While he had been getting recruited for almost a year prior, things really picked up in the spring after Nationals and heading into the summer. He had interest from several ECAC and Hockey East programs, but visited Cornell, Quinnipiac and Dartmouth. “I had other visits lined up for later in the summer, but I fell in love with Dartmouth when I visited after the National Development Camp in Buffalo.” While his play in Buffalo caught a lot of eyes, the Dartmouth staff was well ahead of the pack after following his progress all season long. “Coach Murphy had reached out to Dartmouth early in the year because he, along with my advisor Todd Carroll, thought it was a good fit for me. Their staff came out to see me play in the fall for Yale and again in the winter at Taft. They really did their research and talked to each of my coaches after the games to see if I was the right fit for their program.”

As a young prospect on the rise we asked why Dartmouth? Why now?

“I had a great experience on my visit. I loved the campus and the benefits of attending Dartmouth. One thing that sold me was the coaching staff. Coach Gaudet and his assistant coaches Rose and Lassonde were very honest and experienced and fit my needs as a student athlete. Also both my parents and a lot of my family work in education so going to an Ivy League school, where I would be the first person in my family to have that opportunity, was special to me. The decision was a lot like my decision to attend Taft where I put a lot of value in both the hockey and academics.  I want to make it to the highest level of hockey possible, but diplomas from Taft and Dartmouth are great to fall back on.”

Now that he has chosen his college path, we asked what can the loyal fans of Hanover, NH expect from him and what areas of his game is he looking to improve before arriving in 2019 or 2020.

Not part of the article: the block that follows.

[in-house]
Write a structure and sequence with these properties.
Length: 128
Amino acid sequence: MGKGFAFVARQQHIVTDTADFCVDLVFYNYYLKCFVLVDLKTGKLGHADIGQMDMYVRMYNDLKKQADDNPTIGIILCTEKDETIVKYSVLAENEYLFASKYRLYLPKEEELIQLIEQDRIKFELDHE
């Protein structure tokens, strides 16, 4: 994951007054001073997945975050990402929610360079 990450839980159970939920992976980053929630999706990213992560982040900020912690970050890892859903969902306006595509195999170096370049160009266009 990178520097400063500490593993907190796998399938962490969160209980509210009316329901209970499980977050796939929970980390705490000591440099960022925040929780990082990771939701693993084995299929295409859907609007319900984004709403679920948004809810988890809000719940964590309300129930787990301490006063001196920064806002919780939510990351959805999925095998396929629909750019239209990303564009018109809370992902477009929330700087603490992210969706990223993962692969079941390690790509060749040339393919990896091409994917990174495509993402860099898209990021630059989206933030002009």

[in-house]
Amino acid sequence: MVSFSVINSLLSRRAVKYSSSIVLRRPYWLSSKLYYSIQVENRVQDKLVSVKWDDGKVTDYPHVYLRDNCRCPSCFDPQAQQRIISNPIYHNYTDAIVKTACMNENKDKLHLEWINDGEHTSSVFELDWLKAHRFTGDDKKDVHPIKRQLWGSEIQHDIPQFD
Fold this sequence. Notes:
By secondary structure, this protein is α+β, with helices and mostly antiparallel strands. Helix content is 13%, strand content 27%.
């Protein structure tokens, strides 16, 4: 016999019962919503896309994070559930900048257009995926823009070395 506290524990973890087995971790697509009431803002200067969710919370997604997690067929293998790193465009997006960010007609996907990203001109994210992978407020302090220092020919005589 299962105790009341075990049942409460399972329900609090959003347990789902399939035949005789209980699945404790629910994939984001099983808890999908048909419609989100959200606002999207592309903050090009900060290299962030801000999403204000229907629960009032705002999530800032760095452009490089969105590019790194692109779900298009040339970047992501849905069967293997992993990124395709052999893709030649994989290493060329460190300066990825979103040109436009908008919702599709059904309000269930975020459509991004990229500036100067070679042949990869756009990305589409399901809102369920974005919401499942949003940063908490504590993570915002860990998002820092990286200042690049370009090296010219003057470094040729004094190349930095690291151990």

“I see myself as a player with great hockey sense and vision. I see the ice like few can and I use that to my advantage. I might not be the tallest or biggest guy on the ice but I don’t like to get outworked. I contribute mostly as a playmaking offensive player but I can be a solid defensive center at the other end of the ice. Everyone can always get bigger faster stronger, which I plan on doing before I arrive at Dartmouth, but the biggest thing for me to improve upon is my skating ability. I can get from point A to B but my skating is not pretty and can be a lot more efficient.” An honest assessment from an honest player.

He will play in Chowder Cup this upcoming weekend for the NH Knights and work out at MB sports until the fall season starts. He’ll return to Taft (where he expects to stay until he graduates) and also play split season for Yale, as he did last season. With the college commitment out of the way he sets his next goal on the prep season. “My main goal right now is to make Taft a playoff team, and I think we have the tools to do so.” If the National Development Camp this summer is any indication with three of his teammates showing well (Jordan Tonelli, Billy Dobensky and Finn Walker) he may be right.

The last question we ask every prospect who has recently committed NCAA or CHL is what advice they have for the next group of players just starting out on their NCAA/CHL recruiting process. “I would say everyone’s path is different, but I’ve been around winning teams and successful players and the common thread is an unbelievable work ethic. You might have it in you, but the only way to find out if you do is by putting everything into your development.”

With this commitment, their first for the class of 2019, Dartmouth moves into the Top 20 in Recruiting Class Rankings for the Class of 2019.


Photo Credit: Dan Hickling/Hickling Images